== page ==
discipline

noun
dis·​ci·​pline | \ ˈdi-sə-plən How to pronounce discipline (audio) \

Definition of discipline

 (Entry 1 of 2)

1a : control gained by enforcing obedience or order
b : orderly or prescribed conduct or pattern of behavior
3 : training that corrects, molds, or perfects the mental faculties or moral character
4 : a field of study
5 : a rule or system of rules governing conduct or activity
6 obsolete : instruction

discipline

verb
disciplined; disciplining

Definition of discipline (Entry 2 of 2)

transitive verb

1 : to punish or penalize for the sake of enforcing obedience and perfecting moral character
2 : to train or develop by instruction and exercise especially in self-control
3a : to bring (a group) under control discipline troops
b : to impose order upon serious writers discipline and refine their writing styles

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Other Words from discipline

Noun

disciplinal \ ˈdi-​sə-​plə-​nᵊl How to pronounce disciplinal (audio) \ adjective

Verb

discipliner noun

Choose the Right Synonym for discipline

Verb

punish, chastise, castigate, chasten, discipline, correct mean to inflict a penalty on in requital for wrongdoing. punish implies subjecting to a penalty for wrongdoing. punished for stealing chastise may apply to either the infliction of corporal punishment or to verbal censure or denunciation. chastised his son for neglecting his studies castigate usually implies a severe, typically public censure. an editorial castigating the entire city council chasten suggests any affliction or trial that leaves one humbled or subdued. chastened by a landslide election defeat discipline implies a punishing or chastening in order to bring under control. parents must discipline their children correct implies punishing aimed at reforming an offender. the function of prison is to correct the wrongdoer

teach, instruct, educate, train, discipline, school mean to cause to acquire knowledge or skill. teach applies to any manner of imparting information or skill so that others may learn. taught us a lot about our planet instruct suggests methodical or formal teaching. instructs raw recruits in military drill educate implies development of the mind. more things than formal schooling serve to educate a person train stresses instruction and drill with a specific end in view. trained foreign pilots to operate the new aircraft discipline implies training in habits of order and precision. a disciplined mind school implies training or disciplining especially in what is hard to master. schooled the horse in five gaits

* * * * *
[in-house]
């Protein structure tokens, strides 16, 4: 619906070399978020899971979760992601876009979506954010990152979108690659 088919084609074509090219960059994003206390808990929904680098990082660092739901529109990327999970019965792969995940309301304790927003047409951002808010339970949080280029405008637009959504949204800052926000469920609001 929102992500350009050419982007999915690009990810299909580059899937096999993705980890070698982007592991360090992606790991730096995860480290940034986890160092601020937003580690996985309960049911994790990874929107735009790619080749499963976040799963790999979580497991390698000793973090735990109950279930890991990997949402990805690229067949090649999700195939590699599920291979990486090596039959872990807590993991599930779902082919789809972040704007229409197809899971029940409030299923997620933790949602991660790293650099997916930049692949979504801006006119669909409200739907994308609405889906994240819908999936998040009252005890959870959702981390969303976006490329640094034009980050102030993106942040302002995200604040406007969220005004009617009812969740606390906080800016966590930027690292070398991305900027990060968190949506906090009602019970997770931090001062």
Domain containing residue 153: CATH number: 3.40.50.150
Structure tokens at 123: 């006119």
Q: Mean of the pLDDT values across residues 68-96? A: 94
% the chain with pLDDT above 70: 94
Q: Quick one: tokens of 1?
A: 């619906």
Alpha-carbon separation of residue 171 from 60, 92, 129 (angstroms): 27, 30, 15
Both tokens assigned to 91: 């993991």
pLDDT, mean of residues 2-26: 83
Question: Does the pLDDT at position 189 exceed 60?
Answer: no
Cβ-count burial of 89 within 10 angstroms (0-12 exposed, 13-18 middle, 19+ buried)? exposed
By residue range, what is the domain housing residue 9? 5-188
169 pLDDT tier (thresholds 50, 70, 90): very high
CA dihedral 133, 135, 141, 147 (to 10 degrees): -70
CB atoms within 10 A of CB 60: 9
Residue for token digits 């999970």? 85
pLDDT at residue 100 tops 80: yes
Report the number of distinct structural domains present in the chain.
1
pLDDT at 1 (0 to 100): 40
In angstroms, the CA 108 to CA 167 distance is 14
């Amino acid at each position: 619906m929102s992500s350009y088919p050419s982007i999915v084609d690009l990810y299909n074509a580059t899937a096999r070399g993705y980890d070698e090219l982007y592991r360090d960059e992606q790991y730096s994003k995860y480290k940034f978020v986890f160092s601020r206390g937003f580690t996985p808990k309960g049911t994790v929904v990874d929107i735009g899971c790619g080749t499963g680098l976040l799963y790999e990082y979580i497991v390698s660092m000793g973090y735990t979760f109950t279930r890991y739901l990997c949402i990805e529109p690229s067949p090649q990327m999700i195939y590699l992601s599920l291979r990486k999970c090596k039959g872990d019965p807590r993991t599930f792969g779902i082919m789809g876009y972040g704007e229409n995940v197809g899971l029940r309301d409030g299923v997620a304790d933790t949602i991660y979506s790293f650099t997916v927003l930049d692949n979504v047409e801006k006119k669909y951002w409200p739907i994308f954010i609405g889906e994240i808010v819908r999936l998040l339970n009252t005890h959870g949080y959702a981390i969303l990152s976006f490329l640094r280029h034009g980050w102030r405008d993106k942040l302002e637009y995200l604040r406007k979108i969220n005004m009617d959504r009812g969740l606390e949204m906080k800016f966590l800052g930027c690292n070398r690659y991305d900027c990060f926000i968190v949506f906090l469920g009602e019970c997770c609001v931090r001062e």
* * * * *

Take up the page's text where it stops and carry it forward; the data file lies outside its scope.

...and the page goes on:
The Root and Meanings of Discipline

Discipline comes from discipulus, the Latin word for pupil, which also provided the source of the word disciple (albeit by way of a Late Latin sense-shift to “a follower of Jesus Christ in his lifetime”). Given that several meanings of discipline deal with study, governing one’s behavior, and instruction, one might assume that the word’s first meaning in English had to do with education. In fact, the earliest known use of discipline appears to be punishment-related; it first was used in the 13th century to refer to chastisement of a religious nature, such as self-flagellation.

Examples of discipline in a Sentence

Noun

Sir Robert Peel is credited with creating the first modern police force, the bobbies, in London, in 1829, but the transformation of law enforcement, and especially forensic science, into a professional discipline was a haphazard affair. — Jeffrey Toobin, New Yorker, 7 May 2007 Pragmatism became America's most important contribution to the life of the mind in the 20th century. Filtered through scores of later interpreters, it percolated across a broad segment of academic culture and influenced disciplines as diverse as literary criticism and legal theory. — Theo Anderson, Wilson Quarterly, Summer 2007 So the next fall I went to Hampshire College and began studying under Herbert Bernstein. Without him, I would never have become a scientist. He shamed me into doing the hard work necessary to be able not just to talk about math and physics but to calculate. Without that discipline, my story would have been very different … — Lee Smolin, Curious Minds, (2004) 2005 He stood erect, his bearing patrician, his dress impeccable. His face was stern and his pale eyes unsmiling behind his trifocals, like a man who had been called from important duties in the principal's office to administer discipline to an unruly classroom. — Nick Taylor, Laser, 2000 The teacher has a hard time maintaining discipline in the classroom. The troops were praised for their dedication and discipline. Some parents feel that the school's principal has been too harsh in meting out discipline. Keeping a journal is a good discipline for a writer.